Updated: July 14, 2021 7:45:37 am
Describing the situation in Afghanistan as “difficult, dire and problematic”, Farid Mamundzay, the country’s ambassador to India, has said Delhi should convey to the Taliban that if they cut ties with “regional terrorist groups” and give up violence to become part of the “mainstream society”, it will continue to support and assist Afghanistan politically and diplomatically.
In an exclusive interview to The Indian Express, Mamundzay said Indian development projects — roads, schools, dams among others — are “at risk” if the security situation deteriorates further. The exit of US troops has had the Taliban overrunning large swathes in Afghanistan, especially in the northern provinces which were never under their control.
India has committed about USD 3 billion towards projects in all 34 provinces of Afghanistan.
“Taliban are Afghans. Today or tomorrow, they will talk to us. They will talk to the Afghan people and Afghan government. And we want the Taliban to let go of violence, cut ties with international terrorist groups, and become part of the mainstream polity of the country in a peaceful manner, in a peaceful way,” Mamundzay said.
“Engagement of India with the Taliban is something that we cannot officially confirm at this stage. But of course, strong messages from India would certainly help convey messages of cutting ties with regional terrorist groups. Messages that India would continue to support Afghanistan should Taliban become part of the mainstream society again. India would continue to assist Afghanistan in education, politically, diplomatically.”
“Those would go a long way, I hope, with the Taliban. Taliban would realise that should they let go of violence, should they become part of the mainstream society, India would continue to partner with Afghanistan. So those are some of the messages that the Indian government can send to the Taliban,” he said.
The ambassador, who came to India just about four months ago and is fluent in Hindi, said Delhi’s decision to evacuate its Indian personnel from the consulate in Kandahar was to avoid any “potential” and “unwanted catastrophe”.
He said the decision was taken after the Afghan government’s assessments showed that security was an “issue” in Kandahar.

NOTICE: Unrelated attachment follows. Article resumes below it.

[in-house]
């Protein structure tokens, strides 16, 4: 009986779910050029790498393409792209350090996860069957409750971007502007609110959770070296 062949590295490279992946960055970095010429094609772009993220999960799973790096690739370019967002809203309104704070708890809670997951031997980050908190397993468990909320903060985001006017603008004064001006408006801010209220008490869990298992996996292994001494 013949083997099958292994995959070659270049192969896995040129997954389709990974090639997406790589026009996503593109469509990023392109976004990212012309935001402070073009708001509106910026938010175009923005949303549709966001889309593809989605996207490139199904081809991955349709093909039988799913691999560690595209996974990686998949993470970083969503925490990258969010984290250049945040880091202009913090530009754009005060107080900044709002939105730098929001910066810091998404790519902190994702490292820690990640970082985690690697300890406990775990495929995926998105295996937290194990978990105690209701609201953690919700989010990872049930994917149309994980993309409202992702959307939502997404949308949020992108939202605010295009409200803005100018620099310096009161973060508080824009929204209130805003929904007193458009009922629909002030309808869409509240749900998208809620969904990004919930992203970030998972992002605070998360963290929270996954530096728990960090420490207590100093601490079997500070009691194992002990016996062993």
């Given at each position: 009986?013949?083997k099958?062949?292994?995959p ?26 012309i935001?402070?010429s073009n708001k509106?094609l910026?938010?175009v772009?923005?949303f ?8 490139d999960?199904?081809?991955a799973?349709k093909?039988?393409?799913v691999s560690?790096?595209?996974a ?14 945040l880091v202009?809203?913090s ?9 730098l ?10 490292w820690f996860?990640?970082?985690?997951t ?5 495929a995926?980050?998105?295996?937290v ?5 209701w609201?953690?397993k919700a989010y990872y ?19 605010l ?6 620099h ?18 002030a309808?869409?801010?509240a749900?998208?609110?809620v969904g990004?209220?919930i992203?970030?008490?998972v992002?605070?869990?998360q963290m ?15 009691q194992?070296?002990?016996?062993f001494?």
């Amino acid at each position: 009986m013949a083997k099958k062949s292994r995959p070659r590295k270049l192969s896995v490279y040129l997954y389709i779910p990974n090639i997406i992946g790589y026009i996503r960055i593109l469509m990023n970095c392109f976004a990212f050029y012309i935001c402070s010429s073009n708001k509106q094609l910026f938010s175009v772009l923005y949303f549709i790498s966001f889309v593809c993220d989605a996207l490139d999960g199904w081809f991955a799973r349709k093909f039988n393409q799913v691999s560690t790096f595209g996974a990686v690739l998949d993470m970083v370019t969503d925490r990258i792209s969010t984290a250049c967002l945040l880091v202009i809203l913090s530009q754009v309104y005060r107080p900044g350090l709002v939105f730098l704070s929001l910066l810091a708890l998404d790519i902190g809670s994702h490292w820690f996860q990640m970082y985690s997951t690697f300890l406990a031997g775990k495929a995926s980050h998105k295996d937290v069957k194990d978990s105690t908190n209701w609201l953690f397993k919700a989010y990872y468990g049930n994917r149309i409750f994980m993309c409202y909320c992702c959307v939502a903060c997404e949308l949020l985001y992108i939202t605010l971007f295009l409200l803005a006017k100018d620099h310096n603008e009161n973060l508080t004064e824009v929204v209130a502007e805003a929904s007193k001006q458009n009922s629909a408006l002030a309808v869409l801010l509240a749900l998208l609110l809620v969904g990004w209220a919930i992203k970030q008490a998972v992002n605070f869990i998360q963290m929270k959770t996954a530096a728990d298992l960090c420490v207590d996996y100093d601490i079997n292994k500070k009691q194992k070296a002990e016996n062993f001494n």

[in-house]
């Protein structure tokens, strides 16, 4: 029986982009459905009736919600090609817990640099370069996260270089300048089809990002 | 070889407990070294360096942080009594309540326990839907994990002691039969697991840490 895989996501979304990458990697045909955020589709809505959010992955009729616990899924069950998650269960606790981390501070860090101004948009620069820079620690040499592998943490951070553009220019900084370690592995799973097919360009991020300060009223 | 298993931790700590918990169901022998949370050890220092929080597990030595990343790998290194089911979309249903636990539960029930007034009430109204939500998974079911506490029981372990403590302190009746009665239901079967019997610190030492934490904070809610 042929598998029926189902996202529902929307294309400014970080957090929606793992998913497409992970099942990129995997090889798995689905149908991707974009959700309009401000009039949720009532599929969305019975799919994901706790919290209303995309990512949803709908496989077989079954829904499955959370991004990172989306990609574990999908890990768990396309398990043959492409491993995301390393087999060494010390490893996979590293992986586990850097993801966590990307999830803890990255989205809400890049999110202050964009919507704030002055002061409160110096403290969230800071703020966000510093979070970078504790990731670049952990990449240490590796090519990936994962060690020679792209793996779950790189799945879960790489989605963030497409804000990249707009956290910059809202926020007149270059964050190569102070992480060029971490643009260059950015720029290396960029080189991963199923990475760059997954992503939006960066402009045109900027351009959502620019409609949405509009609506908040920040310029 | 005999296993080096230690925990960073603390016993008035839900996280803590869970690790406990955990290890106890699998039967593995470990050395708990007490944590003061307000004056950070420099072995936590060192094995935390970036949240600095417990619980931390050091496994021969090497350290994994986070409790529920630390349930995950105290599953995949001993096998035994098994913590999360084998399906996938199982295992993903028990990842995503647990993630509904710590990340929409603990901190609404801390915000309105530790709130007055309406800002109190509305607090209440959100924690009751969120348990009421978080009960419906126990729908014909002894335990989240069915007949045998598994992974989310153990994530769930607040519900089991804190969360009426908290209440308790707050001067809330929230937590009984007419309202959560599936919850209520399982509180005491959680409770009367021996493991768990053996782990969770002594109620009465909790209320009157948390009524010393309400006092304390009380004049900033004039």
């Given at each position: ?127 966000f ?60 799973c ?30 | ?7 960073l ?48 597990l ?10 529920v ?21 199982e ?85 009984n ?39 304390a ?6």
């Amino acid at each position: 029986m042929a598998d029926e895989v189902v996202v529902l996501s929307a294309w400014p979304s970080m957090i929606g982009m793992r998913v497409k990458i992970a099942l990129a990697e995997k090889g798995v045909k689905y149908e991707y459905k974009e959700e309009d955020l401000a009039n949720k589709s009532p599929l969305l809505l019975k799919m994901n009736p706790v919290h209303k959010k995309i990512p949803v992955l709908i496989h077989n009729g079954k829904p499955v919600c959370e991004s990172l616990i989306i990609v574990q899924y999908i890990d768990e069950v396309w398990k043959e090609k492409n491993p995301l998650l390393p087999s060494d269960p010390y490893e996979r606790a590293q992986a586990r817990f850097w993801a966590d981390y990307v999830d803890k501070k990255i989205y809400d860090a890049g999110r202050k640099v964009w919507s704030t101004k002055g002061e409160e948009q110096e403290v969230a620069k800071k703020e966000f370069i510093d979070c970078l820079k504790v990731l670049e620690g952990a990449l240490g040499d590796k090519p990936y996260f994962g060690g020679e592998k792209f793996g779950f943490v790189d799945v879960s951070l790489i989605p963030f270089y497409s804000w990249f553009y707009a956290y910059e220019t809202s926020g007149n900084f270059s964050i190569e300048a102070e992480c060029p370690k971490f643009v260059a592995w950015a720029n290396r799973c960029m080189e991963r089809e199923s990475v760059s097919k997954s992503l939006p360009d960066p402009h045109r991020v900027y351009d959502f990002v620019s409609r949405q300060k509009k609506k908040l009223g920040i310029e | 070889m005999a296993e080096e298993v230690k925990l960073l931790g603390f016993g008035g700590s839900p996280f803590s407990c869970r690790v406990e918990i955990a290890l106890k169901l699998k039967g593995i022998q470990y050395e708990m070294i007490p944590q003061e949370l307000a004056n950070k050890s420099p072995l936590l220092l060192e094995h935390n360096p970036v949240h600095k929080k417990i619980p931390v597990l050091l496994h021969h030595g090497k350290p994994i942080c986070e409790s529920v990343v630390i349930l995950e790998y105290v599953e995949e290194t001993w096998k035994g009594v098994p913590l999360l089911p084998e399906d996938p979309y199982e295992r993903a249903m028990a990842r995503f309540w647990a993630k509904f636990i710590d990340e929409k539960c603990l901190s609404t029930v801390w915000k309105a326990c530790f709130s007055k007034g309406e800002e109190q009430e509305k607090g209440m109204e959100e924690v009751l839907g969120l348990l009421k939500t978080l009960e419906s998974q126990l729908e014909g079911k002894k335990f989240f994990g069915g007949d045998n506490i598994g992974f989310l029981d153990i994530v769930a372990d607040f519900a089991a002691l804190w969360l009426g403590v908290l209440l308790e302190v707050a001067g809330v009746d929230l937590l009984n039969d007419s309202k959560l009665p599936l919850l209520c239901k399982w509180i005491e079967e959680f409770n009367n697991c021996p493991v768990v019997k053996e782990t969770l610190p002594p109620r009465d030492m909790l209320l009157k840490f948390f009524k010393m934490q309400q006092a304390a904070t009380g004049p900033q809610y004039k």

On Mazhar-e-Sharif, the city in the north where India has another consulate, he said assessments currently show that security is “not a major challenge at this stage”. “But of course, if the situation begins to deteriorate, then we may get to a stage where we would have to evacuate there as well,” he said.
Asked whether Afghanistan has sought military assistance from India, he said the government has “not yet officially requested India for any military assistance”. He said currently they have got assistance from the US and the NATO forces, and they are “sufficient enough” and the Afghan national security forces “have the capacity of utilising those resources and assets”.
“Should we require more assistance, yes, we will certainly be seeking assistance from India. But as of right now, there are no such requests from our side to the Indian government,” he said.
He said there is “an element of fear that exists among ordinary Afghans” that if they don’t get support to secure Afghanistan and combat the Taliban, they would “certainly be heading back” to the mid-1990s era when the Taliban took control of the country.
He said Pakistan holds “considerable amount of influence and leverage with Taliban”, and Kabul’s request to Islamabad has been to “productively utilise their influence to bring Taliban to the negotiating table, to make them agree to a process which would make this region prosper”.
Following the withdrawal of US troops, he said China, Russia, Saudi Arabia and the UAE are playing a role in the current situation.
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